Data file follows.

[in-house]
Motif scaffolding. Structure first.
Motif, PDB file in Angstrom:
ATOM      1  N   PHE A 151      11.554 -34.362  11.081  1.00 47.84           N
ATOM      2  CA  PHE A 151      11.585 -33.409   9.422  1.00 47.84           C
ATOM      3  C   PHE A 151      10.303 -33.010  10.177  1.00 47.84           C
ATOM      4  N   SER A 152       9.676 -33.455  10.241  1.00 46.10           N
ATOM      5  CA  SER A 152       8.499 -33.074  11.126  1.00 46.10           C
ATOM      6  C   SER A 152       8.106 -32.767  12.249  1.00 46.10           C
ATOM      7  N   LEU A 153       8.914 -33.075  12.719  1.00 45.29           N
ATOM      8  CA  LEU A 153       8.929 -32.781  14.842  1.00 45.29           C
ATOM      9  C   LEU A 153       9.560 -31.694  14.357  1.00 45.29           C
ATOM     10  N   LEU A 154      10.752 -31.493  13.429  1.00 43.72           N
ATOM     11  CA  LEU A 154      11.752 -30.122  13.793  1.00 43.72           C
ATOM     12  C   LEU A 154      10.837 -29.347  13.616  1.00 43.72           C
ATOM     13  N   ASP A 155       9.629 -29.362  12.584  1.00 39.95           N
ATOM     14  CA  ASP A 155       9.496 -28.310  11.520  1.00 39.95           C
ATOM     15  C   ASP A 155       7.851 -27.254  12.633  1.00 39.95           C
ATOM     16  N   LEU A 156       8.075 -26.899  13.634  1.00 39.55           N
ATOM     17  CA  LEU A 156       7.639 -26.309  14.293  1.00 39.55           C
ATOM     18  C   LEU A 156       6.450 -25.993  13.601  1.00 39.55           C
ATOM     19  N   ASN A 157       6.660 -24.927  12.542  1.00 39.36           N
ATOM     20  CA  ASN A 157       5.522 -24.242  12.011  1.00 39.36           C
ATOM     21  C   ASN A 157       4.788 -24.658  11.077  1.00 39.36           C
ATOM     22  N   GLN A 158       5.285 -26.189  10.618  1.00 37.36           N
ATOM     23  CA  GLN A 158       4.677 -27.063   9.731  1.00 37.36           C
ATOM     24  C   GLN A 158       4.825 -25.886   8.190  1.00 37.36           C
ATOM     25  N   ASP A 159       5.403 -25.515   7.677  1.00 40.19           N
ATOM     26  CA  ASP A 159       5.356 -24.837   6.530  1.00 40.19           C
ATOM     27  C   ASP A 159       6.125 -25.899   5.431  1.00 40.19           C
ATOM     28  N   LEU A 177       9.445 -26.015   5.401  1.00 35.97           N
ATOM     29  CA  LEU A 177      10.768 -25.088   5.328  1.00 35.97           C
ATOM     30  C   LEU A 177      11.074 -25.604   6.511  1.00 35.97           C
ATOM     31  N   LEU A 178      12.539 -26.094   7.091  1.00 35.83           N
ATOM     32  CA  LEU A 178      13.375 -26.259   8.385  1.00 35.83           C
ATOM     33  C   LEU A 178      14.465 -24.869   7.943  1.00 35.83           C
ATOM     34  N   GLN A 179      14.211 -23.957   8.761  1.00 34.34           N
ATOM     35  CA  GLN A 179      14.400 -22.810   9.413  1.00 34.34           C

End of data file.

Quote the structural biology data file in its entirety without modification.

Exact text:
[in-house]
Motif scaffolding. Structure first.
Motif, PDB file in Angstrom:
ATOM      1  N   PHE A 151      11.554 -34.362  11.081  1.00 47.84           N
ATOM      2  CA  PHE A 151      11.585 -33.409   9.422  1.00 47.84           C
ATOM      3  C   PHE A 151      10.303 -33.010  10.177  1.00 47.84           C
ATOM      4  N   SER A 152       9.676 -33.455  10.241  1.00 46.10           N
ATOM      5  CA  SER A 152       8.499 -33.074  11.126  1.00 46.10           C
ATOM      6  C   SER A 152       8.106 -32.767  12.249  1.00 46.10           C
ATOM      7  N   LEU A 153       8.914 -33.075  12.719  1.00 45.29           N
ATOM      8  CA  LEU A 153       8.929 -32.781  14.842  1.00 45.29           C
ATOM      9  C   LEU A 153       9.560 -31.694  14.357  1.00 45.29           C
ATOM     10  N   LEU A 154      10.752 -31.493  13.429  1.00 43.72           N
ATOM     11  CA  LEU A 154      11.752 -30.122  13.793  1.00 43.72           C
ATOM     12  C   LEU A 154      10.837 -29.347  13.616  1.00 43.72           C
ATOM     13  N   ASP A 155       9.629 -29.362  12.584  1.00 39.95           N
ATOM     14  CA  ASP A 155       9.496 -28.310  11.520  1.00 39.95           C
ATOM     15  C   ASP A 155       7.851 -27.254  12.633  1.00 39.95           C
ATOM     16  N   LEU A 156       8.075 -26.899  13.634  1.00 39.55           N
ATOM     17  CA  LEU A 156       7.639 -26.309  14.293  1.00 39.55           C
ATOM     18  C   LEU A 156       6.450 -25.993  13.601  1.00 39.55           C
ATOM     19  N   ASN A 157       6.660 -24.927  12.542  1.00 39.36           N
ATOM     20  CA  ASN A 157       5.522 -24.242  12.011  1.00 39.36           C
ATOM     21  C   ASN A 157       4.788 -24.658  11.077  1.00 39.36           C
ATOM     22  N   GLN A 158       5.285 -26.189  10.618  1.00 37.36           N
ATOM     23  CA  GLN A 158       4.677 -27.063   9.731  1.00 37.36           C
ATOM     24  C   GLN A 158       4.825 -25.886   8.190  1.00 37.36           C
ATOM     25  N   ASP A 159       5.403 -25.515   7.677  1.00 40.19           N
ATOM     26  CA  ASP A 159       5.356 -24.837   6.530  1.00 40.19           C
ATOM     27  C   ASP A 159       6.125 -25.899   5.431  1.00 40.19           C
ATOM     28  N   LEU A 177       9.445 -26.015   5.401  1.00 35.97           N
ATOM     29  CA  LEU A 177      10.768 -25.088   5.328  1.00 35.97           C
ATOM     30  C   LEU A 177      11.074 -25.604   6.511  1.00 35.97           C
ATOM     31  N   LEU A 178      12.539 -26.094   7.091  1.00 35.83           N
ATOM     32  CA  LEU A 178      13.375 -26.259   8.385  1.00 35.83           C
ATOM     33  C   LEU A 178      14.465 -24.869   7.943  1.00 35.83           C
ATOM     34  N   GLN A 179      14.211 -23.957   8.761  1.00 34.34           N
ATOM     35  CA  GLN A 179      14.400 -22.810   9.413  1.00 34.34           C